The French Violin – a new work for the Adelaide Baroque Orchestra,
composed by Padma Newsome
Devastating images of blood-orange skies made the town of Mallacoota an international symbol of the 2019-2020 Australian bushfire crisis. Now, two years on, Mallacoota resident, composer, performer, and community recovery worker Padma Newsome is bringing his experience to Adelaide with a new, post-fire work: The French Violin. Padma studied composition at the Elder Conservatorium in the 90s, then continued postgraduate studies at Yale as a Fulbright Scholar, where he formed the ensemble Clogs. He toured the world for many years before settling in Mallacoota and developing relationships with the people and the natural environment.
We chatted with Padma ahead of our world premiere performances with the Adelaide Baroque Orchestra in Adelaide and Strathalbyn (May 21-22) about how this special new work came to be.
Padma lives right on the edge of the Karbeethong forest, which the fires ripped through. He was fortunate enough to not lose his home, however, friends Ro and Kieran who lived just 400m away were not so lucky. Earlier in 2019, Ro and Kieran had entrusted a bundle of broken violins to Padma, which included an instrument made by Didier Nicolas, c. 1820, from Mirecourt, the French ‘capital of violin making’. It was in need of loving restoration, and in this remote corner of Australia, there just happened to be a luthier staying down the road at that time in 2019. Padma asked: ‘Do you think you might be able to help me out with this pile of broken instruments?’
‘He [the luthier] wasn’t up here with any of his specialised equipment, but he said, “oh yeah, I’ll have a go…” – he did have a vice and a saw and various things – and he’d ring me up and say, “Have you got a bit of ebony? Got a chin rest? I need a new fingerboard!”, and I’d run down and give him bits and pieces, and anyhow… the most beautiful thing is that he got this fiddle [The French Violin] up and running. Now it’s not a fantastic violin, but it’s got a very particular character.’ Interestingly, the violin seemed to settle best into baroque pitch (A=415 Hz, rather than the modern, higher pitch standard of A=440 Hz). We asked Padma whether the character of our baroque instruments would translate to the character of The French Violin itself.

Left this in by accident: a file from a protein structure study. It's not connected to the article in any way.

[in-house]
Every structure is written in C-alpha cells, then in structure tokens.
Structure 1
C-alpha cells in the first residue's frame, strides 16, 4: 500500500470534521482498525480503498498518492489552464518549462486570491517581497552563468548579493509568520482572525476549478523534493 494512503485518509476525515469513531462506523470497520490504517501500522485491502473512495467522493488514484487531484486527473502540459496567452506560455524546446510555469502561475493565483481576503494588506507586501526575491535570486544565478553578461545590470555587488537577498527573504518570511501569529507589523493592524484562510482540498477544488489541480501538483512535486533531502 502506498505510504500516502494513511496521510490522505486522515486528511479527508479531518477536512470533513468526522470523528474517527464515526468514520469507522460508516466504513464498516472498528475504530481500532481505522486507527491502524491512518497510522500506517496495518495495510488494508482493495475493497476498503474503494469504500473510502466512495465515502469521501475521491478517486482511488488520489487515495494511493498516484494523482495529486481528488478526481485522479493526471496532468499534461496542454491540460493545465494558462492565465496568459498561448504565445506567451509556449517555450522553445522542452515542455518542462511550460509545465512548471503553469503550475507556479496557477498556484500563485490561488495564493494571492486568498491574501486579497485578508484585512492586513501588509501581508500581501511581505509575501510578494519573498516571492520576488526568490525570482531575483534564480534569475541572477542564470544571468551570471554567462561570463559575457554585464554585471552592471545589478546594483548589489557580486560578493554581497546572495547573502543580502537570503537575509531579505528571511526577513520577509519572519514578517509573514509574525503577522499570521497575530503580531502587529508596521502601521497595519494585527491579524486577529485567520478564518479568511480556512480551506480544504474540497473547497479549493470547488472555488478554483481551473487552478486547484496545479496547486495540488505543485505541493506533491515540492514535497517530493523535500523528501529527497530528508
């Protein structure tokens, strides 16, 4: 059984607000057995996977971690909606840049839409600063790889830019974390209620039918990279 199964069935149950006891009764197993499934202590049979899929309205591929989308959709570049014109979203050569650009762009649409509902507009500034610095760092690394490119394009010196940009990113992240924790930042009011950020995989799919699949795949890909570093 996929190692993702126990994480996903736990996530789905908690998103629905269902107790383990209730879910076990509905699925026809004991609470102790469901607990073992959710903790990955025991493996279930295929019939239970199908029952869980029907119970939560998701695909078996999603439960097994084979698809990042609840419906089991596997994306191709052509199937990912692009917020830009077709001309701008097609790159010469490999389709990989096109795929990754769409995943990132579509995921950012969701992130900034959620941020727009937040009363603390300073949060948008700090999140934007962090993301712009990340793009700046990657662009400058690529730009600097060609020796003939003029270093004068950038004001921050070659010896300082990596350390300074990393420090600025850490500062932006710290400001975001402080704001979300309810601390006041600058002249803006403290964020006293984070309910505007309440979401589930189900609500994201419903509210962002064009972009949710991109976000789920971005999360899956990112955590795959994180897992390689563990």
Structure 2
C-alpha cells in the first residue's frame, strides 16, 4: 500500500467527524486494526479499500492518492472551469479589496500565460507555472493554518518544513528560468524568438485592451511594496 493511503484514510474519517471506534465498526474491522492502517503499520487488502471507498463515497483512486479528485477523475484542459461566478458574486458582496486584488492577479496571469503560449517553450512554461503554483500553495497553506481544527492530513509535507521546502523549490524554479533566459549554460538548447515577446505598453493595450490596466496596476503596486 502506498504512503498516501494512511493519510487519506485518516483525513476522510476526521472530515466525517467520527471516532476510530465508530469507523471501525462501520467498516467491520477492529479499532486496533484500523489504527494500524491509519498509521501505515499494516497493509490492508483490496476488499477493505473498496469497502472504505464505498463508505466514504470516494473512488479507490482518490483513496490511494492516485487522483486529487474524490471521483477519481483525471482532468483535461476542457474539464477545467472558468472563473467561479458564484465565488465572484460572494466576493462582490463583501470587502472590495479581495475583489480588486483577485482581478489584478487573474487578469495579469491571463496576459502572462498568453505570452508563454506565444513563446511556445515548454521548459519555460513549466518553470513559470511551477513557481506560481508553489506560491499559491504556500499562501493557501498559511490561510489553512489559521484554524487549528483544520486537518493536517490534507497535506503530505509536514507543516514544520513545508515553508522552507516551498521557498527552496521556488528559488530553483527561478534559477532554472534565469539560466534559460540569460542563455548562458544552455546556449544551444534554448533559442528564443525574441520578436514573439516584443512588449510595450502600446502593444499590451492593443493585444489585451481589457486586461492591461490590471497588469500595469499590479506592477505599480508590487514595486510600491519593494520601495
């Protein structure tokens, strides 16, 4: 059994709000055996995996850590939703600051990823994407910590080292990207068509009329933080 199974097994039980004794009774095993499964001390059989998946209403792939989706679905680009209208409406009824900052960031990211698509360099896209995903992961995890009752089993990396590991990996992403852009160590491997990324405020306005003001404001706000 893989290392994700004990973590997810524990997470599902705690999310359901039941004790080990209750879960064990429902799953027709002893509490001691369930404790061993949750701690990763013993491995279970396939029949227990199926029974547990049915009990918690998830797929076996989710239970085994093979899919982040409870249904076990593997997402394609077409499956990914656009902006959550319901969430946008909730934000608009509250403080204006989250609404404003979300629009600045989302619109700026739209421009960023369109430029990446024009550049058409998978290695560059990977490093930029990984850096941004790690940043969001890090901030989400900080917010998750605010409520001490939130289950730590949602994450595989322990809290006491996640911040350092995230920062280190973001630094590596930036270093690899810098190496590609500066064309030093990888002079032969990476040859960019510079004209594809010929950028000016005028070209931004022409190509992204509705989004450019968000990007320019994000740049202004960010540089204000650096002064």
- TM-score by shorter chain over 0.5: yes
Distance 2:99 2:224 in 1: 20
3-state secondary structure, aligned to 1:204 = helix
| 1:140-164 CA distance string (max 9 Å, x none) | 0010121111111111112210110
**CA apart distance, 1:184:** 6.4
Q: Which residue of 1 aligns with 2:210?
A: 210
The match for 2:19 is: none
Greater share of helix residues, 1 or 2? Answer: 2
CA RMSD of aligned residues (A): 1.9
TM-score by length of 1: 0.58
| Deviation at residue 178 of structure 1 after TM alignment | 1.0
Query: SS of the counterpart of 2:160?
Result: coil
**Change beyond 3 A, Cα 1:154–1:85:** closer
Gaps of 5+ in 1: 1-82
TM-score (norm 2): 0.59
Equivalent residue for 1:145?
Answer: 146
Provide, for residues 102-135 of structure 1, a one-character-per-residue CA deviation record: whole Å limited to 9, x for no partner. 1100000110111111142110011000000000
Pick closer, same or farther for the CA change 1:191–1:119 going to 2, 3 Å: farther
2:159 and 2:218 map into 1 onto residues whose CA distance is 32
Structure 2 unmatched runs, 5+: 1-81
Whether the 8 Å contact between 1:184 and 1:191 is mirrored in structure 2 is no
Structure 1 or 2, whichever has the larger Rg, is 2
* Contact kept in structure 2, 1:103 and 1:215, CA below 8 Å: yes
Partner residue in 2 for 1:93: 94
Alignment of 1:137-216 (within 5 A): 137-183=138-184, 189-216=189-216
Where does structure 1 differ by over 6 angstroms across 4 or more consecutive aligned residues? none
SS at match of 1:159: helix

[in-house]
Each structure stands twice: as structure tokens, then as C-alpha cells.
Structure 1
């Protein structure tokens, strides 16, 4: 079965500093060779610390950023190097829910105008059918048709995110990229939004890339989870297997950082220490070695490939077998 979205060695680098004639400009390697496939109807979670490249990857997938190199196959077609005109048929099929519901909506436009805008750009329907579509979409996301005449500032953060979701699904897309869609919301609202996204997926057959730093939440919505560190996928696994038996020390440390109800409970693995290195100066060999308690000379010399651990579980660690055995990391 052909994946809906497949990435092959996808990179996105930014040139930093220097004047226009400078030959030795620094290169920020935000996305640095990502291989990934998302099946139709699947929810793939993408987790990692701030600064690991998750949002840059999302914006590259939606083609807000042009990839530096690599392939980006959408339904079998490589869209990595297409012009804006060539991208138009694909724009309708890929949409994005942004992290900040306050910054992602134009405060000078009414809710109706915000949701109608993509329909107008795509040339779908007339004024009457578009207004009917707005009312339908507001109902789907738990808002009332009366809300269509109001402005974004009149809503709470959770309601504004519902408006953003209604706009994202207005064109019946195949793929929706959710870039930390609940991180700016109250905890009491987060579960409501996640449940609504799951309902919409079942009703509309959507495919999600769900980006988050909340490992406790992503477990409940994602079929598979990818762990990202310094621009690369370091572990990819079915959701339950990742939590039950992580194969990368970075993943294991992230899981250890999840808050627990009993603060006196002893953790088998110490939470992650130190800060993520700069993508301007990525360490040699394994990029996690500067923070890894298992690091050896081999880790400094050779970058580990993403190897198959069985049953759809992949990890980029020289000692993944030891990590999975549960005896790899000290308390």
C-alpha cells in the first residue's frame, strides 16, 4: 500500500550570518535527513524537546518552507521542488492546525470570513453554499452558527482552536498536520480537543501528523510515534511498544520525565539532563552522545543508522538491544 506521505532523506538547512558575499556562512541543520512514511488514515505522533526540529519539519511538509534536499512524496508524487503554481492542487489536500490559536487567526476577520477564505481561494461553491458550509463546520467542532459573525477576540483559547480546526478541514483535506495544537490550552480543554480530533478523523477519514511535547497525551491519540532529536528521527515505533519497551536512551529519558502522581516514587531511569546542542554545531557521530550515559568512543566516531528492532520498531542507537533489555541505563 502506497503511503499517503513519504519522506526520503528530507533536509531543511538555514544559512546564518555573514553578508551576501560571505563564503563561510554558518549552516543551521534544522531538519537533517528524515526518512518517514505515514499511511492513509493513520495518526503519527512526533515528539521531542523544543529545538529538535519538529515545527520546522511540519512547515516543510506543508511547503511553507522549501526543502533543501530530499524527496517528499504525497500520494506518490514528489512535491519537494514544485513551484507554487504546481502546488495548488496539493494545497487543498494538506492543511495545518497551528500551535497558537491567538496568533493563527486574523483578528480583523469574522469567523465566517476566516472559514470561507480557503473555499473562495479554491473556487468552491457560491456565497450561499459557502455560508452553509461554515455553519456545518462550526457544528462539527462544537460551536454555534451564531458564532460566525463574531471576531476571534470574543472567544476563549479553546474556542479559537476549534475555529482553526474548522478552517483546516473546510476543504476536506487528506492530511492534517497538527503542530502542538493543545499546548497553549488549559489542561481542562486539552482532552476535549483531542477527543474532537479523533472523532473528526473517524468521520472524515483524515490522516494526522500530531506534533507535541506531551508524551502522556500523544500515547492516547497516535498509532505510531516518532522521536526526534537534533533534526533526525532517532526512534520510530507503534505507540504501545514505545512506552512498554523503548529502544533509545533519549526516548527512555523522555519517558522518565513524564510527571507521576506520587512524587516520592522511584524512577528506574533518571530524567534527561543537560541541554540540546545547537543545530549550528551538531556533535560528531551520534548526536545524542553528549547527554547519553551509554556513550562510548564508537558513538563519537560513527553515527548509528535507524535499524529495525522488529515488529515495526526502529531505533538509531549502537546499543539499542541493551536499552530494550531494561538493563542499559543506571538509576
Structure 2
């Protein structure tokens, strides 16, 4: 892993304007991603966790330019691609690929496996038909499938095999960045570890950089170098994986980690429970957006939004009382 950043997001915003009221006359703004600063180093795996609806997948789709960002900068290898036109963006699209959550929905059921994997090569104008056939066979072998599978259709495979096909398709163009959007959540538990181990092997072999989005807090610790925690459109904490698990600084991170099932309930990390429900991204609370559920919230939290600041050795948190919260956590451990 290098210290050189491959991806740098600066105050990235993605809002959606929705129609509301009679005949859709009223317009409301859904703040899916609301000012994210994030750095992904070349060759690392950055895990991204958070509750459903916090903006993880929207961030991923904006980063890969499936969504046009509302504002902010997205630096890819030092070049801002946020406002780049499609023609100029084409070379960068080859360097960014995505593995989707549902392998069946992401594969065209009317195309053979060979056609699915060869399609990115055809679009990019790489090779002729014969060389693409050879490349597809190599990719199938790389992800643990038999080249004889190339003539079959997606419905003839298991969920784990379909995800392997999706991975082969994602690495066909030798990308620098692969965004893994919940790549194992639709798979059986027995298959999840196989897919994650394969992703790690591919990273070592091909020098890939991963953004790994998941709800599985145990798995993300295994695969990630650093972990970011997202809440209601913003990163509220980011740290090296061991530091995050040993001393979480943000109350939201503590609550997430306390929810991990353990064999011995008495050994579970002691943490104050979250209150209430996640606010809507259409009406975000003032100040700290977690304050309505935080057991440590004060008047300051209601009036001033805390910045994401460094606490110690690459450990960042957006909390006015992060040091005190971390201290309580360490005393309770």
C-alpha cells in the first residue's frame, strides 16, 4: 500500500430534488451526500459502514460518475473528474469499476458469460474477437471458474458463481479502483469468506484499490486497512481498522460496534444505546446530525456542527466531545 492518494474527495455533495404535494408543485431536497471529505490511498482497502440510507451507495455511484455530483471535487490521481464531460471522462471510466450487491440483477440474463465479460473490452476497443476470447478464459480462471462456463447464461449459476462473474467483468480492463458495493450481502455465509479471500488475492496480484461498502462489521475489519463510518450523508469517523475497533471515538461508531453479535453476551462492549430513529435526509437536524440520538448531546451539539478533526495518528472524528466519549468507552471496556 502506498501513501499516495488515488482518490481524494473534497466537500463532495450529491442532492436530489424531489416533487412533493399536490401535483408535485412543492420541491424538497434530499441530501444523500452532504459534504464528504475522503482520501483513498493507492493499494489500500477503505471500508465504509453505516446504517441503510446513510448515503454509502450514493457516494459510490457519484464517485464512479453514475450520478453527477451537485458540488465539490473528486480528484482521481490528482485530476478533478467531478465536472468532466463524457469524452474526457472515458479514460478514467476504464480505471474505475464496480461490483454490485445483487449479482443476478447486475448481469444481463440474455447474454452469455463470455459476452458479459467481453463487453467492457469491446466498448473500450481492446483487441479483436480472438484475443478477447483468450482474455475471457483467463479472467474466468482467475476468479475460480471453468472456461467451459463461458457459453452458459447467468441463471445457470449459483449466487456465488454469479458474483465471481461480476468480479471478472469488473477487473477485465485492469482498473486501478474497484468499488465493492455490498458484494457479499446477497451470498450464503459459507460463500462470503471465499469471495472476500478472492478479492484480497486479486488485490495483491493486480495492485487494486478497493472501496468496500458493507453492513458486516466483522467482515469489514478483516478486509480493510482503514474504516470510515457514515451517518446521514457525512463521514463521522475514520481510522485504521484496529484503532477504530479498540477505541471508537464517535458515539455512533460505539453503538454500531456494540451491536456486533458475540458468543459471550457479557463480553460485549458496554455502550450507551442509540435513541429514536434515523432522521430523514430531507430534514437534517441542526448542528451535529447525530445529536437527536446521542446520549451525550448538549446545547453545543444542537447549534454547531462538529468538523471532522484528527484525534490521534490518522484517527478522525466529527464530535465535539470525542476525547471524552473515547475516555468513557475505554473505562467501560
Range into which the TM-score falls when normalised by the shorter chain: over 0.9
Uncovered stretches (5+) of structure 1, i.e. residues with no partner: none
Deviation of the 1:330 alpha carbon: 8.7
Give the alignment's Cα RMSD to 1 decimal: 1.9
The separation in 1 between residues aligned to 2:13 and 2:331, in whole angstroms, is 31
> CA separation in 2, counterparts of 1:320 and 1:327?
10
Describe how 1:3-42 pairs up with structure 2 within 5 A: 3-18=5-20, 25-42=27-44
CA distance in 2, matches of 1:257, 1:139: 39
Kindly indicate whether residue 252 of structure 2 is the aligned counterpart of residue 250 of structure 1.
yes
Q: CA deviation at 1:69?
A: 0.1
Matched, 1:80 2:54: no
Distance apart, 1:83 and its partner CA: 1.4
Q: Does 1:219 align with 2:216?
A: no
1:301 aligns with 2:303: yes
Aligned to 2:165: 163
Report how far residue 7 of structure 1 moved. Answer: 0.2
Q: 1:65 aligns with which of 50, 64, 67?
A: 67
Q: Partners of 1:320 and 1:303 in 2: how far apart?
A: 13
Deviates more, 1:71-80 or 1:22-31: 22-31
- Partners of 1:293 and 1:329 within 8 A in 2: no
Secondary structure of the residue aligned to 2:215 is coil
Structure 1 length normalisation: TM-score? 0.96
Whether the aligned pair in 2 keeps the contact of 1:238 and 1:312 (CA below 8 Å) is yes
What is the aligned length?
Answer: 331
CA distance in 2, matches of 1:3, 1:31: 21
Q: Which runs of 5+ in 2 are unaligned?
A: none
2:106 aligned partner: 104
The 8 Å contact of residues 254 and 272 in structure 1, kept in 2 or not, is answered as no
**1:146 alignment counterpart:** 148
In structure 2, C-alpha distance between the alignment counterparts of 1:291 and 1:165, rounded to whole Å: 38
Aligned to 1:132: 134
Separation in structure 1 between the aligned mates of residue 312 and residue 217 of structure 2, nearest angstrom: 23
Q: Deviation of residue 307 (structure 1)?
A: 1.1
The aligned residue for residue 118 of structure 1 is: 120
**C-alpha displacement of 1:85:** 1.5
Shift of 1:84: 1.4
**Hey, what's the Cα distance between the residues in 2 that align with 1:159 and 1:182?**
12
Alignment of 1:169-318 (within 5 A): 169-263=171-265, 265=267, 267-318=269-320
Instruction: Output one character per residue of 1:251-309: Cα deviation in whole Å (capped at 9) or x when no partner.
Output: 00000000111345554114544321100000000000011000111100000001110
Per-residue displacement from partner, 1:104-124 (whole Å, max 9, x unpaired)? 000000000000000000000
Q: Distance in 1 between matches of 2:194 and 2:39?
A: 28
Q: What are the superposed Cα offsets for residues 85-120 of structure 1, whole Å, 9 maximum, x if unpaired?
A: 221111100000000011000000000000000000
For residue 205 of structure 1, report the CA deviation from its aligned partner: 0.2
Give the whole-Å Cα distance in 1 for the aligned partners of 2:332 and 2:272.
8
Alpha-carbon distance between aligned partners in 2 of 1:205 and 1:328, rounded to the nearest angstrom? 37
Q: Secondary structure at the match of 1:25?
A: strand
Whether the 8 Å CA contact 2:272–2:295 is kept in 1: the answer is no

‘I have composed for period instruments before, working with Ben Dollman and friends – I think it is a translation which sort of goes through filters… A challenge of understanding, and a surprise as well. I’m looking to be surprised by the sounds.’
The French Violin will be more about storytelling, rather than the direct translation of how the instrument sounds, or a direct representation of the post-fire landscape.
Padma explains: ‘I’m a melody maker, and I’m not sure that I spend a lot of time trying to “talk the land”. Peter Sculthorpe was a friend of mine – I was a viola player in Sydney in the late-70s and early-80s – and we played a lot of his music and other contemporary Australian work… that iconic soundscape work… we should probably be having this conversation with Sculthorpe!
I think mostly what I’m on about is my relationship with the land, and by extension, communicating these post-fire recovery stories. I’m interested in people making their own decisions about whether the music is representative.’
So, will this unique instrument be in Adelaide for the premiere?
Padma replies: ‘I’m thinking of bringing it, providing it can fit on the small plane and won’t have to be thrown into the hold! I think I’ll be able to bring it over… if not to play, but to show.’
Pictured above: The BeachFiddle group playing at Bastion Point, Mallacoota, July 2020 – ‘When COVID-19 hit, we were able to make music outdoors on the beach… behind us, everything’s burnt, but we found this lovely place to make music.’
We are honoured to be presenting the world premiere performance of The French Violin in 2022: Saturday 21 May at 7.30pm in Elder Hall, then again on Sunday 22 May at 3.00pm in St Andrew’s Uniting Church, Strathalbyn.